I first met Frank Spatola in 1968 when he was a Shop Steward for the N.A.L.C. in HOMECREST STATION..I WAS A SUBSTITUTE CARRIER from Blythebourne station who was loaned out for the week to Homecrest. To cover vacation vacancies. At first I was intimidated by the presence of this man who everyone at Homecrest respected. I wondered at that time why he was not part of Management because nothing happened at Homecrest unless Frank was involved. Even the overtime desired list was handled by this man. After working at Homecrest for a few days Frank approached me and said ,KID, I like the way you move mail, do you want to transfer to Homecrest. I thanked him for the kind words but stated, it was much easier for me to commute to my home station because I did not have a car. He said ‘If you ever need help for anything call me at Homecrest.

I ran into him on the picket line the N.A.L.C. formed at the G.P.O. in Brooklyn during the Postal work stoppage in 1970. Frank was leading the workers INCLUDING ME across the Brooklyn Bridge to meet up with our N.Y. Postal Brothers and sisters in SOLIDARITY. The USPS and Police Department considered this illegal and detained Frank and others as ring leaders. They all were later exonerated of any wrong doing and the rest was history. The U.S.Postal service was born and my friend Spats had a lot to do with it. Frank went on to management a job he was born for. I met up with him again when he was on the route examination team testing routes in Blythebourne station. He advised me that being a carrier was a good honest job but being a supervisor meant more in retirement benefits. He kept after me to join Management and I FINALLY MADE IT IN 1976. My first assignment was a supervisor in mail processing on tour 1 at the Brooklyn G.P.O. The first one to congratulate me was Frank. He was now an Area Mgr and asked me to transfer back to the stations. My first assignment was Williamsburg station and guess who was my Area Mgr.? After a tour in Customer services I returned to supervision in Kensington Station. My friend Frank treated me like his son and guided my career all the way up to Manager of Ryder Station, a position I STILL HOLD TODAY. He then advised me to get active in Naps and helped get me elected New York Area V.P. NAPS in Alaska in 2000. Even in retirement he would call me and say T, whats happening in D.C. always interested in the Postal Service and its survival.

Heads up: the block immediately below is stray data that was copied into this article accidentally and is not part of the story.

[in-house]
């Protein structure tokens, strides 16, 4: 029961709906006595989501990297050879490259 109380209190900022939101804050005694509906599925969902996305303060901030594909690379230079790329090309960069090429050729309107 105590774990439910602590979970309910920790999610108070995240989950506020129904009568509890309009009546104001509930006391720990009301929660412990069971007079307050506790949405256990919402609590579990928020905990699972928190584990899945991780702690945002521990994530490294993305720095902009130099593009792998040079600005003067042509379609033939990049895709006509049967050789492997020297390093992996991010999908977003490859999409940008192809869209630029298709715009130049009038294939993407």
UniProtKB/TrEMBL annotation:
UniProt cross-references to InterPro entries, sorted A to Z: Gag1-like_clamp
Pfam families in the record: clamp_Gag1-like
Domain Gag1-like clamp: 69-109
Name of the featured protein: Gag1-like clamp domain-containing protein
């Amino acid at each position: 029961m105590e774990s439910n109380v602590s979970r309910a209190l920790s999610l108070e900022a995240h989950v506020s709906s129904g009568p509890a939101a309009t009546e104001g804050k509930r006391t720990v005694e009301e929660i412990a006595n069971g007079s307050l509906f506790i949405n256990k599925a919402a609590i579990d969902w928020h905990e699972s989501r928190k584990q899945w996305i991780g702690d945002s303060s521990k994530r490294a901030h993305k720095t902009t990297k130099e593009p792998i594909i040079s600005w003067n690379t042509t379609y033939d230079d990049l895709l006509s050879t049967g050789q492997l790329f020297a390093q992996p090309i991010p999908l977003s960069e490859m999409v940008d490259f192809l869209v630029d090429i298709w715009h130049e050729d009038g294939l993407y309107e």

Frank was a powerful force with Postal legislation and was instrumental in getting the Postal reorginazation act enacted by changing the mind of Senator Jacob Javitts N.Y. to vote for the act instead of against it. That was no easy task. He held the deciding vote.

The Hatch Act HR20 would never have come to fruition if not for Frank Spatola. Then Senator Al D’Amato threw both Frank and myself out of his office because we asked him to Support HR20 when he opposed it. Frank made him an offer he could not refuse

And 2 weeks later the Senators office advised us that he would back the bill if the I.R.S.

And F.B.I. were exluded from it. The rest is history.

I could go on an on about all the things my friend and mentor accomplished for the Postal Service, NAPS, N.A.L.C. and Narfe but I WOULD NEED TO WRITE A BOOK. Everything I KNOW ABOUT THE Postal service and NAPS I owe to my friend Frank. While he was a father figure to me I could always go to him for advice about anything.

As his health was failing he asked me for one more thing, help keep NAPS the respected organization it always was under Don, Ruben, and Vinny. Make me proud of you and remember I Love you like a son Tommy. Right back at you Frank, Rest in Peace.

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